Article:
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Old 12-29-2012, 02:59 AM   #1
stf92
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pros and cons of ext4 versus ext2?


Hi:
I am about to install slackware 14.0 64-bit and have to choose between ext2 and ext4 (more precisely between journaling and non journaling). The last time I installed 14.0 (it was the 32-bit version) I chose ext4, and soon I regretted, but I do not remember why. What are the possible disadvantages of ext4/ext3 as compared with ext2?
 
Old 12-29-2012, 03:22 AM   #2
sycamorex
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Here's a comparison of those filesystems:
http://www.thegeekstuff.com/2011/05/ext2-ext3-ext4/

If you're working with SSD drives, ext4 would be recommended due to its Trim support. Additionally, with older SSD drives journaling was not recommended:
https://wiki.archlinux.org/index.php...the_filesystem
It looks like it's not a problem any more.
 
Old 12-29-2012, 03:51 AM   #3
stf92
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Thank you. I looked at wikipedia, articles ext2, ext3, ext4 but I could not find the disadvantage I had found earlier.
 
Old 12-29-2012, 08:48 AM   #4
manwichmakesameal
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I'm not sure what made you regret using ext4. The only time I regretted using a filesystem was years ago, I was using ReiserFS and it deleted a bunch of files and killed my family.
 
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Old 12-29-2012, 08:50 AM   #5
kikinovak
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I'm using ext2 only on a small 100 MB /boot partition, where a journaled filesystem is of no use. For the rest, it's ext4, always.
 
Old 12-29-2012, 10:35 AM   #6
jefro
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Older slower machine used for fun should use ext2. Any fast system used for needed data ought to have ext4.

There is little risk of using ext2 even on big systems if proper backup rules are followed. It has been used for decades.
 
Old 12-29-2012, 10:57 AM   #7
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"The only time I regretted using a filesystem was years ago, I was using ReiserFS and it deleted a bunch of files and killed my family."

Hell, I hope this is sarcasm only.

Last time I had to set a server up for non critical data, I used ext2. This filesystem has survived some power supply shutdowns with no critical data loss.

Ext4 is nice, but you have to be careful with the options. Barrirers, journal mode if any, delayed allocation etc. can cause data loss if set wrong. Don't assume defaults are sane! If you have to use Ext4, you'd better know how to do so. I have had to recover from backups some times precisely because a "performance feature" of an ext4 filesystem was enabled when it would have been better to shut it down...
 
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Old 12-29-2012, 01:24 PM   #8
stf92
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Thank you very much. Well, after all, I didn't do it so bad.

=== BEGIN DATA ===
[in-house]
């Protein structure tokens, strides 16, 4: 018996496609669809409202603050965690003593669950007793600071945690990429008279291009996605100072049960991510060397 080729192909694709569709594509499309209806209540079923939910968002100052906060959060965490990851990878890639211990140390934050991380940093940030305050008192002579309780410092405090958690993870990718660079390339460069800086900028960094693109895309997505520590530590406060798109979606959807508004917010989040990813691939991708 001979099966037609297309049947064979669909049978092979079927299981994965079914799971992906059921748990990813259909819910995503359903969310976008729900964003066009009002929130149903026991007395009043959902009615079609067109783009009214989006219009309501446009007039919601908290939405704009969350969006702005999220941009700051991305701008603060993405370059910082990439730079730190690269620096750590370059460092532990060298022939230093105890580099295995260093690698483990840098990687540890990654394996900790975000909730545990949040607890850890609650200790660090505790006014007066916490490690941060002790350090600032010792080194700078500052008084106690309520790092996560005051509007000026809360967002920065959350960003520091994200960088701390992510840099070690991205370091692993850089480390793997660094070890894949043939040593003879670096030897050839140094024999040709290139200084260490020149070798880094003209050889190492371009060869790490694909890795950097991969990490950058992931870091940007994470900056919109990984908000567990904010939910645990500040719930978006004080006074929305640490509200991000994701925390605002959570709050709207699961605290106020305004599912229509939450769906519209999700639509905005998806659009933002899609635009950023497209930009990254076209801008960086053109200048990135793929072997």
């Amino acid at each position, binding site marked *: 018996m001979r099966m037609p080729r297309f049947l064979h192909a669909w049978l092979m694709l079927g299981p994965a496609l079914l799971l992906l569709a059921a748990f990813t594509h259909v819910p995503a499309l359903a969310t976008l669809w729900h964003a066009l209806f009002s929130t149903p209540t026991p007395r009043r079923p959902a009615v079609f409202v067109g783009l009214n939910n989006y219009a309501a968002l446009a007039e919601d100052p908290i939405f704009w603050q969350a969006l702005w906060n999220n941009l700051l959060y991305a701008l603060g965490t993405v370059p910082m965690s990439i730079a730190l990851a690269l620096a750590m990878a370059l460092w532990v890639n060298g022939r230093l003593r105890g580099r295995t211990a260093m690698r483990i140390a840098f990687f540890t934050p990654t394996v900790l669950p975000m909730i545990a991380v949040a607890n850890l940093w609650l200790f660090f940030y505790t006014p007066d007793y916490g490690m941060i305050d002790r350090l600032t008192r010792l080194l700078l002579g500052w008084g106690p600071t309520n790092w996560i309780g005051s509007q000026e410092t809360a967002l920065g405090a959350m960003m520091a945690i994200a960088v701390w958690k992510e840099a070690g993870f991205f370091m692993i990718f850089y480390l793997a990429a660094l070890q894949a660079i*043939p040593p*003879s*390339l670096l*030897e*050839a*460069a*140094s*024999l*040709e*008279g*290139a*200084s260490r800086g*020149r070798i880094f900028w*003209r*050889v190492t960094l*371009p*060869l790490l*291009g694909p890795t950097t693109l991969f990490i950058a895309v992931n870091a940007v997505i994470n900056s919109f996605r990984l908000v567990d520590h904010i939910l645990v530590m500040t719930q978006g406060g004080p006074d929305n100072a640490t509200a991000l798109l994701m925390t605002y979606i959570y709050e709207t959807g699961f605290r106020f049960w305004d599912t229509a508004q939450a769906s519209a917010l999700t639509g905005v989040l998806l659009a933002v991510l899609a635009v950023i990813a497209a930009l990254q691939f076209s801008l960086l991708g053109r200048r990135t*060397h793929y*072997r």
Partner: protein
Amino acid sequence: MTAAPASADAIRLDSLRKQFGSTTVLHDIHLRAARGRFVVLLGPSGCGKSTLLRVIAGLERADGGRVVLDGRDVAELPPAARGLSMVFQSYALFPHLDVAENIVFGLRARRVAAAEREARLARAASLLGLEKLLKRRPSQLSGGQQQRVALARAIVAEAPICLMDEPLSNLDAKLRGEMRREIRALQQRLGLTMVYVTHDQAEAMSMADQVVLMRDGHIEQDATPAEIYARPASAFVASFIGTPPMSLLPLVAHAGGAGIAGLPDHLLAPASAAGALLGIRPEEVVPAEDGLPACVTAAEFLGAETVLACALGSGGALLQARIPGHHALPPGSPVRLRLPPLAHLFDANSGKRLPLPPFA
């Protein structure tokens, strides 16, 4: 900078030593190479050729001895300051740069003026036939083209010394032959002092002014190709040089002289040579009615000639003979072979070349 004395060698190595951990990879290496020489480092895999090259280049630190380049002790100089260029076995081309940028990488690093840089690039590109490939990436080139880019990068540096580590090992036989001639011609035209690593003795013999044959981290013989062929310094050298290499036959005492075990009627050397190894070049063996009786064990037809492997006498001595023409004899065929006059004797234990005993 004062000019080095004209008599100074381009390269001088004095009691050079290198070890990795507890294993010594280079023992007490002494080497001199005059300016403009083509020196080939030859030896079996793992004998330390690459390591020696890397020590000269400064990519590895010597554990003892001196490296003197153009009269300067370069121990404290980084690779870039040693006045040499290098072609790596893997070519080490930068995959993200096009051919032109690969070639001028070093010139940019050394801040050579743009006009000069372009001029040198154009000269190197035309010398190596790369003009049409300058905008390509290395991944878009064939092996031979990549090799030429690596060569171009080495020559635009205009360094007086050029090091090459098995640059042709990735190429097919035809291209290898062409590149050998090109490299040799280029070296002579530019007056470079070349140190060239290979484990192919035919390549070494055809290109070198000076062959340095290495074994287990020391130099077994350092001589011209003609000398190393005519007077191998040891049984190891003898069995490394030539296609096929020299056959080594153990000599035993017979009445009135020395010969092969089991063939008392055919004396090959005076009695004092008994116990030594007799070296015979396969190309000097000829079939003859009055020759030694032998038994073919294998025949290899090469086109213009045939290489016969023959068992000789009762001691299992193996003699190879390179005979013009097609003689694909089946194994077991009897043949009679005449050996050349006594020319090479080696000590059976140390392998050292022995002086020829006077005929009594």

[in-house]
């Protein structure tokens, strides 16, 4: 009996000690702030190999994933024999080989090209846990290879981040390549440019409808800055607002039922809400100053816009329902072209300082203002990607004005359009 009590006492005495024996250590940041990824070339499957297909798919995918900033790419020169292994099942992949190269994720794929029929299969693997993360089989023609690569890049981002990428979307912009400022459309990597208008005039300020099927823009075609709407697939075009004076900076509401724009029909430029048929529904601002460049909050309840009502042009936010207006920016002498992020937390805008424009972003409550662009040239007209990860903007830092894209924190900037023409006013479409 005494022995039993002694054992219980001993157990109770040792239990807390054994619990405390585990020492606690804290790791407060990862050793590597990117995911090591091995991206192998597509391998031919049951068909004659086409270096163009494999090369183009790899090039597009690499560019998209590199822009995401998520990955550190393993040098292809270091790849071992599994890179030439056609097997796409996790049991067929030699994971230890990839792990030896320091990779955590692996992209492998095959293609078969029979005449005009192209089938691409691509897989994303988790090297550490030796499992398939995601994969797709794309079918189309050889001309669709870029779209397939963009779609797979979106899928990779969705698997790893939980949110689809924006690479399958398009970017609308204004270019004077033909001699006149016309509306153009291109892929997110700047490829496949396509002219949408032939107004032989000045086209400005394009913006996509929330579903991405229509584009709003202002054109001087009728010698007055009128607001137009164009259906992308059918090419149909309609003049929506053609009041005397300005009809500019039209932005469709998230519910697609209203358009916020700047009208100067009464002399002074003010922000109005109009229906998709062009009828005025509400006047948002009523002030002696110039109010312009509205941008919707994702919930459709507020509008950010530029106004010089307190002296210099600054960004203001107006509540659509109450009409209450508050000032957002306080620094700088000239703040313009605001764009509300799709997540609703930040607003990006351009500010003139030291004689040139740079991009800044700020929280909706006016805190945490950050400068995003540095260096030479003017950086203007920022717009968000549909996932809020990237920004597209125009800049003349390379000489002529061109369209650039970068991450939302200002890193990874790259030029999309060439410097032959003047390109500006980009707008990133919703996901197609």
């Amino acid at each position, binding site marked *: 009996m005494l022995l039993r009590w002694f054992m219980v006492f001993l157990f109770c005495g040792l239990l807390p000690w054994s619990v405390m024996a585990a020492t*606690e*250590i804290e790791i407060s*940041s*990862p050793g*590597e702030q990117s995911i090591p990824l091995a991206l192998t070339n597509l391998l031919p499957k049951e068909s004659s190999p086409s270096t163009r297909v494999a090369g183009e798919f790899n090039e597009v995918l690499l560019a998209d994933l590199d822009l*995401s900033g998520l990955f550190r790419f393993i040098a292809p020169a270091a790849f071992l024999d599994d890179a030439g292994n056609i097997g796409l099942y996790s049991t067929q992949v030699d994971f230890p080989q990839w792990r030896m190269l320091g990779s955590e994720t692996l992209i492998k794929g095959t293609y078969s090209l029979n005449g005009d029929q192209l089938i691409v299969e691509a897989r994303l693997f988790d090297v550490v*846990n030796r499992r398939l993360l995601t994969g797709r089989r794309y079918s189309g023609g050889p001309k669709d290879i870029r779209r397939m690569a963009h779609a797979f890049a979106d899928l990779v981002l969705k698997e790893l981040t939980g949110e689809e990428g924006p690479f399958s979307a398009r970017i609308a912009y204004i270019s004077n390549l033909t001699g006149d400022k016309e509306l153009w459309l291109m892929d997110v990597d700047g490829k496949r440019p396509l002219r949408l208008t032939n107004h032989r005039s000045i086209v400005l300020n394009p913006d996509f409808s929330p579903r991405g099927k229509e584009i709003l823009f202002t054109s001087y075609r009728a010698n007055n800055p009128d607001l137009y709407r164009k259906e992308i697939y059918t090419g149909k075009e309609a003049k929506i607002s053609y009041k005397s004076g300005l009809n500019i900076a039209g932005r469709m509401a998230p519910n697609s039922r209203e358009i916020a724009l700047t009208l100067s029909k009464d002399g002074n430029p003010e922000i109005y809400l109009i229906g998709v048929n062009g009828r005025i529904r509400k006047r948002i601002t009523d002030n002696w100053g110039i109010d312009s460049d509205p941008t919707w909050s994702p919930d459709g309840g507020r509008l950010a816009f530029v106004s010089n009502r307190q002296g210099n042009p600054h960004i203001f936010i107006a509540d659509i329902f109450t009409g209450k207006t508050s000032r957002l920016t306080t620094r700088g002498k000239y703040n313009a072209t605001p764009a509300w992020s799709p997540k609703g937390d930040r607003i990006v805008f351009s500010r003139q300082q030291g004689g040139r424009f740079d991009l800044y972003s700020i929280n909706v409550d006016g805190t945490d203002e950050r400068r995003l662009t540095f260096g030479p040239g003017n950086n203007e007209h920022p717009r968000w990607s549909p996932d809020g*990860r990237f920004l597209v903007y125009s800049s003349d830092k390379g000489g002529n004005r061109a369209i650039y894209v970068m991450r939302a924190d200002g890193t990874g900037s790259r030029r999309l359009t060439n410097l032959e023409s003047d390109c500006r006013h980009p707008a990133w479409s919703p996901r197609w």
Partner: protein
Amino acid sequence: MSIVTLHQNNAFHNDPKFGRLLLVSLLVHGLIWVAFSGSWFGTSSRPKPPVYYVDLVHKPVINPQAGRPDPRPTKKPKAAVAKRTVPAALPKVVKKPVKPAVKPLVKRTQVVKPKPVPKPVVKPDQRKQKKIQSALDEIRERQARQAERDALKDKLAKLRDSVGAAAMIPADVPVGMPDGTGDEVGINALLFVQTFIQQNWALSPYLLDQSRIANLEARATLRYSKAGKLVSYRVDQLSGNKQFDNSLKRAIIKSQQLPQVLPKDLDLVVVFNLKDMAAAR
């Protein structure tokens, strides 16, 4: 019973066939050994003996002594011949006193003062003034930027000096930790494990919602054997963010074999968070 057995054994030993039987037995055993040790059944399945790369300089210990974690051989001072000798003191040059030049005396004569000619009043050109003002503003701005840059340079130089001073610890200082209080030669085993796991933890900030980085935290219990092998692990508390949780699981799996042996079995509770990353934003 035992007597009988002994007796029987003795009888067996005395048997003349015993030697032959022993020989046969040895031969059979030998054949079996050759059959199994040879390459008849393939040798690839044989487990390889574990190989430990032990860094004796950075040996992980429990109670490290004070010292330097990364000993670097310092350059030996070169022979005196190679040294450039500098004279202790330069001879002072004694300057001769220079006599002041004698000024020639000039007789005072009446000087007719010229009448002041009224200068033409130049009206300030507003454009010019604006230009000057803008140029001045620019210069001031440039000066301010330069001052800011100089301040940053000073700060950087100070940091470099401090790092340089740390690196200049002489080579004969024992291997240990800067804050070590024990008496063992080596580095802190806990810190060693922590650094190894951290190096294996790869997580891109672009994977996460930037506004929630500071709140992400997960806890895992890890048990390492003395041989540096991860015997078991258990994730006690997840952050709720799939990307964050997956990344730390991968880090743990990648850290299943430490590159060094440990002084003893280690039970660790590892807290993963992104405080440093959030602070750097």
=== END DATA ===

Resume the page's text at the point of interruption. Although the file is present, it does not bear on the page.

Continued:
Old 12-29-2012, 01:47 PM   #9
gnashley
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I still use ext3 for dependable journalling. But I still might use ext2 for any read-only needs.
 
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Old 12-29-2012, 02:36 PM   #10
stf92
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Thanks, gnashley.
 
Old 12-29-2012, 04:13 PM   #11
syg00
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I have found ext4 eminently reliable and flexible. No worse than earlier offerings - from Ted or anyone else.
But then I've also been using btrfs for years ...

Note my sigline.
 
Old 12-30-2012, 07:46 PM   #12
storkus
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One thing no one here has mentioned is that ext4 is an add-on (with, hopefully, more efficient and reliable code) to ext3, and ditto for ext3 to ext2 (more or less just journalling in that case). In the kernel, there is an option (which I think is the default on Pat's kernels) for the ext4 driver to also be used for any ext3/2 filesystems.

I mention this because you can tune ext4 to do anything you want with the proper options, including acting just like ext3 and 2. Likewise, if absolute data integrity is your goal, ext4 has some non-default settings (because you'll take a performance hit). Check out the tune2fs(8) man age: in particular, the mount option "journal_data_ordered" is the default, but "journal_data" (no suffix) is is the slowest, but safest (if memory from reading discussions on the subject serves correctly). If you're really paranoid, you can also turn off TRIM support (no "discard" entry or even "^discard" if you're exceptionally paranoid).

Btrfs and zfs have even more data-integrity options (block FEC if I recall correctly?), but btrfs had some regressions recently and still underperforms ext4 (but getting ever closer).

Personally, I've been using ext4 for years now on my laptop, and I haven't had a data loss yet even running the battery down to the point where the BIOS forces hard-shutdown!
(Of course, it's just a laptop, not a server...)

Hope this helps, Mike
 
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